Where to go for treatment

GIST is a rare type of cancer. Pediatric GIST is even rarer. A review of 350 GIST cases at Memorial Sloan-Kettering Cancer Center (MSKCC) found 5 cases under age 18 (1.4%) and 10 (2.9%) cases in young adults (18yrs to 29yrs old)1.

Because it is so rare, it is difficult for doctors to develop expertise because few doctors see more than one or two Pediatric GIST patients. Doing research on Pediatric GIST is also difficult because it is hard for one institution to accumulate enough tissue. Whenever possible, it is recommended to see a doctor with as much Pediatric GIST experience as possible.

In cooperation with several leading Pediatric and GIST centers, the Life Raft Group is establishing both physical centers of excellence and a virtual center of excellence.

The National Institutes of Health holds a biannual Pediatric and Wildtype GIST clinic with a mission to:

• Bring together all patients with Pediatric or wildtype GIST with expert health care providers in the field
• Utilize the resources of the NIH to bridge shortcomings in basic and clinical research
• Provide storage of tumor samples, that can then be accessed by researchers throughout the world 
• Disseminate new information in the field of Wildtype and Pediatric GIST
• Develop innovative treatment protocols

Additionally, in the US, two institutions are initially participating as physical centers of excellence. Doctors from these same teams and other doctors as needed will also participate in a virtual center of excellence. Patients not able to travel to the physical centers can have their records reviewed by a multidisciplinary team of Pediatric GIST experts. These experts will review the case and then meet by teleconference (or video conference) and discuss the case. For further information on how to have a case reviewed by the virtual center, contact the Life Raft Group at 973-837-9092 or at liferaft@liferaftgroup.org.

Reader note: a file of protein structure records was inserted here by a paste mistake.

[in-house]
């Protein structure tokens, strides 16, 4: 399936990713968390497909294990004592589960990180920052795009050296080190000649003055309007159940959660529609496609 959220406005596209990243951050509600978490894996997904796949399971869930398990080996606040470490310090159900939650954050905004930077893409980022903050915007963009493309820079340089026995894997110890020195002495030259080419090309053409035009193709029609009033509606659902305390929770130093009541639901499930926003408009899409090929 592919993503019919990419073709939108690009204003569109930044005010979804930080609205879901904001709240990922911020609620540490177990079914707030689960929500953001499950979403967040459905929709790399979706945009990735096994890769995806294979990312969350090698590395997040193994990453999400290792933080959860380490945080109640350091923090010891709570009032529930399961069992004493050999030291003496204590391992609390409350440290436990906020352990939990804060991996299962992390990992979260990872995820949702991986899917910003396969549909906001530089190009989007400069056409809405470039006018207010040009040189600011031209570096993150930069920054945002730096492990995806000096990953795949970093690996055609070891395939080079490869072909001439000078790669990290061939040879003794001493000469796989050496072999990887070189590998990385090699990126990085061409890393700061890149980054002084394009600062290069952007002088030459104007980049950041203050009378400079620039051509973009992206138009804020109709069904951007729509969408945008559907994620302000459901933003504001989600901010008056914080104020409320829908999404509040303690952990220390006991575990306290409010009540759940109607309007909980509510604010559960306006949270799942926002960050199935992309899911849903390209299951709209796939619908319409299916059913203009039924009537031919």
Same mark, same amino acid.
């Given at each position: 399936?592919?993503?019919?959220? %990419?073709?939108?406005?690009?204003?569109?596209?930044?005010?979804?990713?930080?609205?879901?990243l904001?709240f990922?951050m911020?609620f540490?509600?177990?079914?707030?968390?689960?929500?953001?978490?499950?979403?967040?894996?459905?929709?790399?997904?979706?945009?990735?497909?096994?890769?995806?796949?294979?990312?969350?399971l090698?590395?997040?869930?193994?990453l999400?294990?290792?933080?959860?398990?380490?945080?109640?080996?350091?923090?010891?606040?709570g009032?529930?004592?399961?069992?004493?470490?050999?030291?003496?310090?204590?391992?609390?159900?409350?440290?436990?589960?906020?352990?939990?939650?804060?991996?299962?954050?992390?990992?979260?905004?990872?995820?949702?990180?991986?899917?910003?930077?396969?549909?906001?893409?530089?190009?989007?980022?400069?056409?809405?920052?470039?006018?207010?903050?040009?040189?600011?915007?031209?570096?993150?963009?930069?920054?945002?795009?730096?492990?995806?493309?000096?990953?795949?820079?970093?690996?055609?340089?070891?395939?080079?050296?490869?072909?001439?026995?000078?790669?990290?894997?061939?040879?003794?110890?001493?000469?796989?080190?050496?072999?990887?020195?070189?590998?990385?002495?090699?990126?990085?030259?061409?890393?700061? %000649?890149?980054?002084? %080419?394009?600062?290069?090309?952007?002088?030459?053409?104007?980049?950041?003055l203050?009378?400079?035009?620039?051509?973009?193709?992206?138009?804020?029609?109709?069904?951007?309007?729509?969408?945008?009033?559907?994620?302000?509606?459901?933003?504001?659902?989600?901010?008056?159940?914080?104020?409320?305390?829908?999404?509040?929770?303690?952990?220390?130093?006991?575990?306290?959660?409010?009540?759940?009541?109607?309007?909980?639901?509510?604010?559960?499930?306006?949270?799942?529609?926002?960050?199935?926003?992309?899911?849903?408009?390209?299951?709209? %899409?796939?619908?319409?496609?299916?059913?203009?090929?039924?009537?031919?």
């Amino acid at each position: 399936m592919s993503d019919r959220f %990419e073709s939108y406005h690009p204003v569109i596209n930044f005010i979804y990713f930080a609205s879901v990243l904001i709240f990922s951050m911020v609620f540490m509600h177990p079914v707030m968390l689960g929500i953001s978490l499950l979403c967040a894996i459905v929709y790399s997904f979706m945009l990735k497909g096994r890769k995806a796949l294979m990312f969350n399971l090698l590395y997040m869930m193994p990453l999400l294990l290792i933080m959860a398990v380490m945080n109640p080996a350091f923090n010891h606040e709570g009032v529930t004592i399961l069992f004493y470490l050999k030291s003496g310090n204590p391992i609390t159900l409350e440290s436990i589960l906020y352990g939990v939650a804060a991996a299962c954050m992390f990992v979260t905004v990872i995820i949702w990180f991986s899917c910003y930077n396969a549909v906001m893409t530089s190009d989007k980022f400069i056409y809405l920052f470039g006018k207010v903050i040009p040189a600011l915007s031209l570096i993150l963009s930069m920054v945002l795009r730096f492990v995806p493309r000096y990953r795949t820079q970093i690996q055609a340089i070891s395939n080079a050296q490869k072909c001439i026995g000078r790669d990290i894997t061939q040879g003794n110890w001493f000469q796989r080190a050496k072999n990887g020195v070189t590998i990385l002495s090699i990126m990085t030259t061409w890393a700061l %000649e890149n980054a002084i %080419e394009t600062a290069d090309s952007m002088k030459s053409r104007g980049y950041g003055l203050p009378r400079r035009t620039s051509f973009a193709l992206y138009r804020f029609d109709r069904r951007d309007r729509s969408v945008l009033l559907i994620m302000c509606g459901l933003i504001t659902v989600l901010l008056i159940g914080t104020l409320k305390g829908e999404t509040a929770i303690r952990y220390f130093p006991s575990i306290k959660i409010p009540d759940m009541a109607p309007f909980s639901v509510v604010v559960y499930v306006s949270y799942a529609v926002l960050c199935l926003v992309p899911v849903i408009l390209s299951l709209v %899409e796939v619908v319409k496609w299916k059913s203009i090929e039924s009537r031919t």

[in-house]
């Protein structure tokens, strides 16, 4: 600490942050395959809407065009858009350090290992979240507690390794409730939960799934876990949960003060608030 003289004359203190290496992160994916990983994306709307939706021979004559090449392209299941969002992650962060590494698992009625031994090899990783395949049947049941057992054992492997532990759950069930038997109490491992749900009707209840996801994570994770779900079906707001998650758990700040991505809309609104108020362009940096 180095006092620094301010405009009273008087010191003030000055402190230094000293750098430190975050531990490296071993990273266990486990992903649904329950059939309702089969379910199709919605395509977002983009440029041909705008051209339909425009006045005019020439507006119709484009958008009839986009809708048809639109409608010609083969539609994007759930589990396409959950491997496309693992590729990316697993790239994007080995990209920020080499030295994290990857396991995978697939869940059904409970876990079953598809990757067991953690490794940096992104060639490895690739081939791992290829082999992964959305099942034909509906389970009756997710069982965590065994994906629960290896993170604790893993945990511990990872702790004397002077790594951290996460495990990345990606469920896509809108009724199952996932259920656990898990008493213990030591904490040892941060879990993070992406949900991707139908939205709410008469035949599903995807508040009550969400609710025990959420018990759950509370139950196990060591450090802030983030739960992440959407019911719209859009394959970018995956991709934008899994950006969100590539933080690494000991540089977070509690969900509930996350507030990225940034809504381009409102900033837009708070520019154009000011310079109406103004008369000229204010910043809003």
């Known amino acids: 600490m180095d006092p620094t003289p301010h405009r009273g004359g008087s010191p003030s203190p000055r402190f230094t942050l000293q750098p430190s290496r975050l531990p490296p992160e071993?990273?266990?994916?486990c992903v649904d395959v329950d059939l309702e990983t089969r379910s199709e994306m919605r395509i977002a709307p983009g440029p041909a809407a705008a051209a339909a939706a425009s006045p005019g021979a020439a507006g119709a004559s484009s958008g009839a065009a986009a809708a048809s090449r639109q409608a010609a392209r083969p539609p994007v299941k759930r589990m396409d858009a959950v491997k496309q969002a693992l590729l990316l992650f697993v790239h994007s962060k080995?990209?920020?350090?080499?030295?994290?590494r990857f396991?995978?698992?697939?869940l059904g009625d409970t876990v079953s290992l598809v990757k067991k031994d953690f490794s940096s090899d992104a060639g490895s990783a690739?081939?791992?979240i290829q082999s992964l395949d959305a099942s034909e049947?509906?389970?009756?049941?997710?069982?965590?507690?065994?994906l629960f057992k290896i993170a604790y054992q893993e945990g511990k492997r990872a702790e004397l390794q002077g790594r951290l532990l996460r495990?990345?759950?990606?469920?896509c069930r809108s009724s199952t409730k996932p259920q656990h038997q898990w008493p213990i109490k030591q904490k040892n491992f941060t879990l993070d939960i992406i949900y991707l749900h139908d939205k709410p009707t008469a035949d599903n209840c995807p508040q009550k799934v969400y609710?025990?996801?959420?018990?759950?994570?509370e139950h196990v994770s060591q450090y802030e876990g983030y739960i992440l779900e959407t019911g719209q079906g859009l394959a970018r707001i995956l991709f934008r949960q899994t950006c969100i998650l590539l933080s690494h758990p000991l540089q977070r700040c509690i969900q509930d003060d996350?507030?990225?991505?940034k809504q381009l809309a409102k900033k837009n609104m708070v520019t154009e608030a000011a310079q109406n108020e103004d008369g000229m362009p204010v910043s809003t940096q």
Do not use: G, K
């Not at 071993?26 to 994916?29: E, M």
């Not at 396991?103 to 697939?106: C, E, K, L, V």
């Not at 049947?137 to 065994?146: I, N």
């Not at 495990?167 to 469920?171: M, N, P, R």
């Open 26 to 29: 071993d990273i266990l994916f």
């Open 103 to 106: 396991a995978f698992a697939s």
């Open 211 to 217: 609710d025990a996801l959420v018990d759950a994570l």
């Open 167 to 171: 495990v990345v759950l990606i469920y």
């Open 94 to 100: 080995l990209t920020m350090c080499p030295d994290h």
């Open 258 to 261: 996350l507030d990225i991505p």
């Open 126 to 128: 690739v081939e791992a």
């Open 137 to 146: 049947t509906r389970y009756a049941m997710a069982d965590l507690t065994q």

Memorial Sloan-Kettering Cancer Center
New York, NY
Michael LaQuaglia, M.D. Pediatric Surgeon
Cristina Antonescu, M.D., Pathologist and Head of the Pediatric GIST research project as well as the Pediatric GIST tumor bank.

Texas Children's Hospital
Houston, TX
Alberto Pappo, M.D. Pediatric Oncologist
Jed Nuchtern, M.D. Pediatric Surgeon


1. Gastrointestinal Stromal Tumors in Children and Young Adults.
A Clinicopathologic, Molecular, and Genomic Study of 15 Cases and Review of the Literature. J Pediatr Hematol Oncol  Volume 27, Number 4, April 2005. Sonam Prakash, MD, Lisa Sarran, MS, Nicholas Socci, PhD, Ronald P. DeMatteo, MD, Jonathan Eisenstat, MD, Alba M. Greco, MD,
Robert G. Maki, MD, PhD,{ Leonard H. Wexler, MD,k Michael P. LaQuaglia, MD, Peter Besmer, PhD, and Cristina R. Antonescu, MD